As is the case with confidentiality, integrity can be compromised directly via an attack vector (such as tampering with intrusion detection systems, modifying configuration files, or changing system logs to evade detection) or unintentionally, through human error, lack of care, coding errors, or inadequate policies, procedures, and protection mechanisms.
Countermeasures that protect data integrity include encryption, hashing, digital signatures, digital certificatesTrusted certificate authorities (CAs) issue digital certificates to organizations to verify their identity to website users, similar to the way a passport or driver’s license can be used to verify an individual's identity. , intrusion detection systems, auditing, version control, and strong authentication mechanisms and access controls.
Note that integrity goes hand in hand with the concept of non-repudiation: the inability to deny something. By using digital signatures in email, for example, a sender cannot deny having sent a message, and the recipient cannot claim the message received was different from the one sent. Non-repudiation assists in ensuring integrity.
Systems, applications, and data are of little value to an organization and its customers if they are not accessible when authorized users need them. Quite simply, availability means that networks, systems, and applications are up and running. It ensures that authorized users have timely, reliable access to resources when they are needed.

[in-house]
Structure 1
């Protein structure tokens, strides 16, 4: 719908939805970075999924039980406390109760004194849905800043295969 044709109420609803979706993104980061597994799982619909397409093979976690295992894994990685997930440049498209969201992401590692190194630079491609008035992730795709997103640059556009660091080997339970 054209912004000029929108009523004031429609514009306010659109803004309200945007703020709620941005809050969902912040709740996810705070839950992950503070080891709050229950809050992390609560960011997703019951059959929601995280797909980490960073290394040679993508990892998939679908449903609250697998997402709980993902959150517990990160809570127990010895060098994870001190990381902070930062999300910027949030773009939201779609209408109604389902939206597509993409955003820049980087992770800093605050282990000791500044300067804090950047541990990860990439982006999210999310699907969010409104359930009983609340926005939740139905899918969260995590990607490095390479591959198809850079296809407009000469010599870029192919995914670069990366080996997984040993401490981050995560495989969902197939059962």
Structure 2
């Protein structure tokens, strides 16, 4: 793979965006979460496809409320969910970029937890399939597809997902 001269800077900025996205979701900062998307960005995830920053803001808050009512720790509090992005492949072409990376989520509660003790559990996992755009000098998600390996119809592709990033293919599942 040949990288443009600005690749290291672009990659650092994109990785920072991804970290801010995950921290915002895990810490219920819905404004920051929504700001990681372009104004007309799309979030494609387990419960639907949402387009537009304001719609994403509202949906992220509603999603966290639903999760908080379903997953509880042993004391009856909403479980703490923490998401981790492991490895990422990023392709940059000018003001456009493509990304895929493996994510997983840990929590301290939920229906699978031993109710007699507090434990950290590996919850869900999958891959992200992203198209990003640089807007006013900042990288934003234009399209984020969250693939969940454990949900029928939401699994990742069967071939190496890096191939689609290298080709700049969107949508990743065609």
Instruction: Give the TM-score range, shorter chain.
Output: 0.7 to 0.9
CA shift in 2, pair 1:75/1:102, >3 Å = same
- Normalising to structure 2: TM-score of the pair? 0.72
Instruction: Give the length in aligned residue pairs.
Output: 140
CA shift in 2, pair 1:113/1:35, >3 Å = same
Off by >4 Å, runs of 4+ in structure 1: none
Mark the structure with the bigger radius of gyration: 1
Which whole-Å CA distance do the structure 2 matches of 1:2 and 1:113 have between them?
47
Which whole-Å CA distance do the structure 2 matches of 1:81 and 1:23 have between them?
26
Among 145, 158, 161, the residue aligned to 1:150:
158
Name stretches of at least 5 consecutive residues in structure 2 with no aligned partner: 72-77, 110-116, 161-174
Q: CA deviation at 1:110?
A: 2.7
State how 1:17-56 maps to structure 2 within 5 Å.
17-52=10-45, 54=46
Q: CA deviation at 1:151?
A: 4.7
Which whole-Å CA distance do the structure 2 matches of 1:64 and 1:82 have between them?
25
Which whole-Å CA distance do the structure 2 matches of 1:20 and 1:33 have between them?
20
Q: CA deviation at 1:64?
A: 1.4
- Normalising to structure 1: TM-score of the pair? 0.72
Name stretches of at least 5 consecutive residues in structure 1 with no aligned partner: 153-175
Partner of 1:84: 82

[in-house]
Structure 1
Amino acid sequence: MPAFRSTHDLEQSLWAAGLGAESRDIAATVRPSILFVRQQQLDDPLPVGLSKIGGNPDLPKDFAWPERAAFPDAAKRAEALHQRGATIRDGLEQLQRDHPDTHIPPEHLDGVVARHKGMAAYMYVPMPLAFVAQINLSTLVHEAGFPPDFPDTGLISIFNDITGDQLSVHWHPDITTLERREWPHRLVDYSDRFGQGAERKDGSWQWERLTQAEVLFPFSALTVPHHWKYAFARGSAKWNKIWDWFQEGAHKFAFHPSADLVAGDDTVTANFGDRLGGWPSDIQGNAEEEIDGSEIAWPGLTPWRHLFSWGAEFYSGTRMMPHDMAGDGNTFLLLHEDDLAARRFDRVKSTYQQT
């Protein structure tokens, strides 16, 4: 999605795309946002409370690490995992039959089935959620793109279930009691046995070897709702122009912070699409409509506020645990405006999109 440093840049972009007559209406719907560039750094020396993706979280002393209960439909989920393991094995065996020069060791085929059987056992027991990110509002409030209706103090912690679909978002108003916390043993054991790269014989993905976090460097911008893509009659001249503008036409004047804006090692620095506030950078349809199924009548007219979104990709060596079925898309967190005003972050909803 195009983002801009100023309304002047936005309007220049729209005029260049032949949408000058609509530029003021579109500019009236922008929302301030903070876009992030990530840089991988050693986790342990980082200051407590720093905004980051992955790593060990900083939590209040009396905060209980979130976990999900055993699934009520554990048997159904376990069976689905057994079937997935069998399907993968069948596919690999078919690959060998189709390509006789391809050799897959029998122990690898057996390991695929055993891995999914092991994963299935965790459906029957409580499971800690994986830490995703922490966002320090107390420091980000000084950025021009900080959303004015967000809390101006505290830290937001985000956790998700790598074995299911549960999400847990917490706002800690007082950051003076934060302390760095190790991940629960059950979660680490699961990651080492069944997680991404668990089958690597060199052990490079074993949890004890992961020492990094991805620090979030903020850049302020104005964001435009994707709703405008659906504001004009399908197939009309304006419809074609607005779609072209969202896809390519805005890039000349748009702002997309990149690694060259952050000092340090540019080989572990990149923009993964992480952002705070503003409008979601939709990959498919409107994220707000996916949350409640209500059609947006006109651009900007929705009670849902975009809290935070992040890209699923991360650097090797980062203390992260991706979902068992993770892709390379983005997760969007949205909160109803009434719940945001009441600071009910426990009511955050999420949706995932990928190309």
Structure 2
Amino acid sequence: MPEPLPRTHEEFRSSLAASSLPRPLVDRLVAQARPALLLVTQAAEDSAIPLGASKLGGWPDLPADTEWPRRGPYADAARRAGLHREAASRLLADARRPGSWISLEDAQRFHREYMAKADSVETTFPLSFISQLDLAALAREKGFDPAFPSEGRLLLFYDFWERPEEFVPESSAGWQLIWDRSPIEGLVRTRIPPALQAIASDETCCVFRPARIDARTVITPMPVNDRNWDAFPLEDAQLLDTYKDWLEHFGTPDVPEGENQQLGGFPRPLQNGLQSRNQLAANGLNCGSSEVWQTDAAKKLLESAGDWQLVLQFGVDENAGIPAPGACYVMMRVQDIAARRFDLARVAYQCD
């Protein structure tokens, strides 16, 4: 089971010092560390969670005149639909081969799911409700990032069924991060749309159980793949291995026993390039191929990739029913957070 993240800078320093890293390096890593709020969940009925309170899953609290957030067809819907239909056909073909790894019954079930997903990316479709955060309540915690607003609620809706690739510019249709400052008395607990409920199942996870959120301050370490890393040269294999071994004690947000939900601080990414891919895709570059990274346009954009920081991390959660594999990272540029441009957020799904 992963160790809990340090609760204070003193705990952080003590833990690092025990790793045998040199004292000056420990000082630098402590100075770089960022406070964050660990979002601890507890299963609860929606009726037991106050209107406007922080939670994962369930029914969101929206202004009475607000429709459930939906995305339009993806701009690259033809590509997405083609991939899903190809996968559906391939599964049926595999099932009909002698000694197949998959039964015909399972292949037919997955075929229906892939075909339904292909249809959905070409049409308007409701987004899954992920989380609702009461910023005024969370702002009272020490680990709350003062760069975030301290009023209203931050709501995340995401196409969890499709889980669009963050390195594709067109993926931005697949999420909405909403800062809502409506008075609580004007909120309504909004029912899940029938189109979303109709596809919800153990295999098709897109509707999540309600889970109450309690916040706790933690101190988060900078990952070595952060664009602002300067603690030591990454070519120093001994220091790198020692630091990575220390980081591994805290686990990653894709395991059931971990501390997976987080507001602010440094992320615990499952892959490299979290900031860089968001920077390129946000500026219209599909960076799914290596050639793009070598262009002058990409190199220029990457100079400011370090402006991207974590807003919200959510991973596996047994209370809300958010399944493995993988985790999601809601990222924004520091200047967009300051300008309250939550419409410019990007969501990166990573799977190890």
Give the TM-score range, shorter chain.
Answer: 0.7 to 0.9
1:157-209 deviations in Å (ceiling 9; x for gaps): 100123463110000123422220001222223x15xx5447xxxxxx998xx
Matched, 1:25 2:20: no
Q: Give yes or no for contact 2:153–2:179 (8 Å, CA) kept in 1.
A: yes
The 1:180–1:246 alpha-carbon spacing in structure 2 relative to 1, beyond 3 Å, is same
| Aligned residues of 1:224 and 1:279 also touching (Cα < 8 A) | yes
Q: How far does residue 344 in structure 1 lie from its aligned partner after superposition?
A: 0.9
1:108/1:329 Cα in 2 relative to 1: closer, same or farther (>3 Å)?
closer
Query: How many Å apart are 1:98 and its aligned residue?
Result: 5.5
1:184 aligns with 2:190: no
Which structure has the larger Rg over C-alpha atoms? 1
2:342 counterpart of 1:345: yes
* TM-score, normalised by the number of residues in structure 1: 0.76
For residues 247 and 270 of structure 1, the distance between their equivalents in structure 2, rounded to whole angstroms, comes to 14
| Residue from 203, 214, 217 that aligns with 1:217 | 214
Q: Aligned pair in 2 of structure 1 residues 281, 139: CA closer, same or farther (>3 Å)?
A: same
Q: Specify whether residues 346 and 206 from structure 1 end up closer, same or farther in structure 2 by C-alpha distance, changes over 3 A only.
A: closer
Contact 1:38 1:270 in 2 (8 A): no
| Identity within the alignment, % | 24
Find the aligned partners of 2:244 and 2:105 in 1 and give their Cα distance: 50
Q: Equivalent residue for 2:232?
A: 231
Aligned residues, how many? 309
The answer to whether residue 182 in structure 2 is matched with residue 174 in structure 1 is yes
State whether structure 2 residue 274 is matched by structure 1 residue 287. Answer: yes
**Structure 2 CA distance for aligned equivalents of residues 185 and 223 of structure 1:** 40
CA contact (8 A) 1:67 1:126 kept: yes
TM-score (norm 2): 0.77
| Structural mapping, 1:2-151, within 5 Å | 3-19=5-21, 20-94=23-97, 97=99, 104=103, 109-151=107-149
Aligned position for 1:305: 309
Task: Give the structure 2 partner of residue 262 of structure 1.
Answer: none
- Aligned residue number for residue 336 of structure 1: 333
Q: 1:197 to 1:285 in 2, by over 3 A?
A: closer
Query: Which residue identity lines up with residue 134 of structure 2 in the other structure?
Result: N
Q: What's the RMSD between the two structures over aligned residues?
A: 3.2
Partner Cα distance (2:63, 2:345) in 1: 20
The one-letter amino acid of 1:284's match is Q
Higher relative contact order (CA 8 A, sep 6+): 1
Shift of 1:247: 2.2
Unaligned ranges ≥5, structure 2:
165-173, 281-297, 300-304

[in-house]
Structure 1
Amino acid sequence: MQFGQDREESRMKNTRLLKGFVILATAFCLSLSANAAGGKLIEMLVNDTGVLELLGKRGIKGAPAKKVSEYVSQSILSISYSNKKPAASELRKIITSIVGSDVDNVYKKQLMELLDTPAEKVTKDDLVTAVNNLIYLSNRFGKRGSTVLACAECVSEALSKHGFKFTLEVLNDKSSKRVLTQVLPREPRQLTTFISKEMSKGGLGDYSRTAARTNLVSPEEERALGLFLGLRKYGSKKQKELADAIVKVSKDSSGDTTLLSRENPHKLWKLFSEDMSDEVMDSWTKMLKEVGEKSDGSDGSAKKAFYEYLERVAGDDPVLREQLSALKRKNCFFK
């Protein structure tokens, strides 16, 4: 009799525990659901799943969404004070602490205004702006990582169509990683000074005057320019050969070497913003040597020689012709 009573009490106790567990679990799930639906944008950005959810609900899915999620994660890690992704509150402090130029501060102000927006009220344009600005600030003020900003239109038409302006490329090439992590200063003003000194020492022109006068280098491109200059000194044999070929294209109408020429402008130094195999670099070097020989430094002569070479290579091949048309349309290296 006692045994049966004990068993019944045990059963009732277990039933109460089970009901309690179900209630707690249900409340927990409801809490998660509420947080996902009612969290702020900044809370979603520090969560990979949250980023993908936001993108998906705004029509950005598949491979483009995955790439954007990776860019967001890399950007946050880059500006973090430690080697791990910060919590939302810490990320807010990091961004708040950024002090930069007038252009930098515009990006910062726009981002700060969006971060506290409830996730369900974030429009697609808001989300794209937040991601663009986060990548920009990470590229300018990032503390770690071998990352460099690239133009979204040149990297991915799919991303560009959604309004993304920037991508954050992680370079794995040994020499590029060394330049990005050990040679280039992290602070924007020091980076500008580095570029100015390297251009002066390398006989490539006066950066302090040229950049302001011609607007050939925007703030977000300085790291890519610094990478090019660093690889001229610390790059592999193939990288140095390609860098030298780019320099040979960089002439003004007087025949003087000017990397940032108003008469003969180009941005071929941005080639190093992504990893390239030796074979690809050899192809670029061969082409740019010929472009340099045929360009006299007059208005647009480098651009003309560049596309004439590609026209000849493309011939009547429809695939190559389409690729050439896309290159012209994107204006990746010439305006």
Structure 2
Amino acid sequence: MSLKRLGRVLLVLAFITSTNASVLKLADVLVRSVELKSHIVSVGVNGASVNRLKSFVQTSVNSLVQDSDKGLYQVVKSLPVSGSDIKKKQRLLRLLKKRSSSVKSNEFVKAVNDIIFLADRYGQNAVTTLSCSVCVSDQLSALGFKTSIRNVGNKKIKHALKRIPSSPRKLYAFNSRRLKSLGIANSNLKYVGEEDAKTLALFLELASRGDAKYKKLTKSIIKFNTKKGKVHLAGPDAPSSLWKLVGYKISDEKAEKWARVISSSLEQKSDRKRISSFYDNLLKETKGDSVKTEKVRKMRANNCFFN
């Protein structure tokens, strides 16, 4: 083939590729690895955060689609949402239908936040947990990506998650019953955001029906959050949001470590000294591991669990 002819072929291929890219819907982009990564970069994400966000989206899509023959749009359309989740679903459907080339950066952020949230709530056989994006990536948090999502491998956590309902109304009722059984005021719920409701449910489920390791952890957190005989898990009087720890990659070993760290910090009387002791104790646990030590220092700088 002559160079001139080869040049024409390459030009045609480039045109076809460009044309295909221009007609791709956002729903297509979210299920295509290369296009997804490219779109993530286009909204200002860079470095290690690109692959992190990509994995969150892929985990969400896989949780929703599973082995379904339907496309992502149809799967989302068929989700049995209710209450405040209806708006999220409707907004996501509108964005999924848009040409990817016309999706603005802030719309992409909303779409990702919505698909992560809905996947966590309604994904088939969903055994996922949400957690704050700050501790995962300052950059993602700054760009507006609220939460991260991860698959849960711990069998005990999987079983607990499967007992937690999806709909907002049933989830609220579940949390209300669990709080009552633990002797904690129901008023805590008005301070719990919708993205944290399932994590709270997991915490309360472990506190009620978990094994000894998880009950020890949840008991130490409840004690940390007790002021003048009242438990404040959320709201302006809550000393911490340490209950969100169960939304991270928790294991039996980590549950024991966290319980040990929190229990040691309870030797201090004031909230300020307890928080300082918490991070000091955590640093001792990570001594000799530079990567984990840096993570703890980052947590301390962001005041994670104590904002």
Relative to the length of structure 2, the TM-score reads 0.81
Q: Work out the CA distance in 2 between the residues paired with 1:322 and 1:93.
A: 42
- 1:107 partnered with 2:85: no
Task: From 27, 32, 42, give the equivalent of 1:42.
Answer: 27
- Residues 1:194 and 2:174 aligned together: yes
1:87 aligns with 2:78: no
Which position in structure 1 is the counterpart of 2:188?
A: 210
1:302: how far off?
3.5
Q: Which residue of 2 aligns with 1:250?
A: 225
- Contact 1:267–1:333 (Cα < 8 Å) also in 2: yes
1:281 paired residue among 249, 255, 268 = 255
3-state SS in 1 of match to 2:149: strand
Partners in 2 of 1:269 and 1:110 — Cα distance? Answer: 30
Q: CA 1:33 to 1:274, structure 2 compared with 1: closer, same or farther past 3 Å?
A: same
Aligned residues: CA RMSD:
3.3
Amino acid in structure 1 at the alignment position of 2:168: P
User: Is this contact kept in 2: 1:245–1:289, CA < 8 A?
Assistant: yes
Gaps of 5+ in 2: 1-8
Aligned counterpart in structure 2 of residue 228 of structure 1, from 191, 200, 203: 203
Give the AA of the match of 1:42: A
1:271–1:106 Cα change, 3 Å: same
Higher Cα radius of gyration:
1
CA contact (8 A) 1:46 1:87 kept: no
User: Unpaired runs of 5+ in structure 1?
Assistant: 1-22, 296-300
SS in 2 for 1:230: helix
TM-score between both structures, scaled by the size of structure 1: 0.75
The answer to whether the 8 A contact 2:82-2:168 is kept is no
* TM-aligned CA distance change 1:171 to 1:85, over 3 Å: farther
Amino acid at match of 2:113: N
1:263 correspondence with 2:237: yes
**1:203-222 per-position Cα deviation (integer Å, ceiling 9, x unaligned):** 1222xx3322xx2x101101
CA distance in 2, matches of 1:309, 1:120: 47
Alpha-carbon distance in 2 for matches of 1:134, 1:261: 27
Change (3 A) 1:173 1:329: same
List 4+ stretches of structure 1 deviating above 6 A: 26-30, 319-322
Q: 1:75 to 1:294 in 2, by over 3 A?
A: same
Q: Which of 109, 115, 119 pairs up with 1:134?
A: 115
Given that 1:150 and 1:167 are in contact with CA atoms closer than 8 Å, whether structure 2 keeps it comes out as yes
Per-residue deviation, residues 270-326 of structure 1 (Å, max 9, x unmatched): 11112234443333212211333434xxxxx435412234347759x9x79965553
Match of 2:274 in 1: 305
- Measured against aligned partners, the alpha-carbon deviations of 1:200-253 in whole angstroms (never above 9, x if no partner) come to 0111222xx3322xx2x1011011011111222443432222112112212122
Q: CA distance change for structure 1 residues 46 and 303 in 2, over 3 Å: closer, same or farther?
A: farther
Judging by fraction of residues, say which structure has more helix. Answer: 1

Many things can jeopardize availability, including hardware or software failure, power failure, natural disasters, and human error. Perhaps the most well-known attack that threatens availability is the denial-of-service attack, in which the performance of a system, website, web-based application, or web-based service is intentionally and maliciously degraded, or the system becomes completely unreachable.
Countermeasures to help ensure availability include redundancy (in servers, networks, applications, and services), hardware fault tolerance (for servers and storage), regular software patching and system upgrades, backups, comprehensive disaster recovery plans, and denial-of-service protection solutions.
Applying the Principles
Depending on an organization’s security goals, the industry, the nature of the business, and any applicable regulatory requirements, one of these three principles might take precedence over another. For example, confidentiality is vital within certain government agencies (such as intelligence services); integrity takes priority in the financial sector where the difference between $1.00 and $1,000,000.00 could be catastrophic; and availability is critical in both the ecommerce sector (where downtime can cost companies millions of dollars), and the healthcare sector (where human life could be lost if critical systems are unavailable).
A key concept to understand about the CIA triad is that prioritizing one or more principles can mean the tradeoff of others. For example, a system that requires high confidentiality and integrity might sacrifice lightning-speed performance that other systems (such as ecommerce) might value more highly. This tradeoff is not necessarily a bad thing; it is a conscious choice. Each organization must decide how to apply these principles given their unique requirements, balanced with their desire to provide a seamless and safe user experience.
To learn about other foundational security concepts, read What Are Security Controls? and What is the Principle of Least Privilege and Why Is It Important?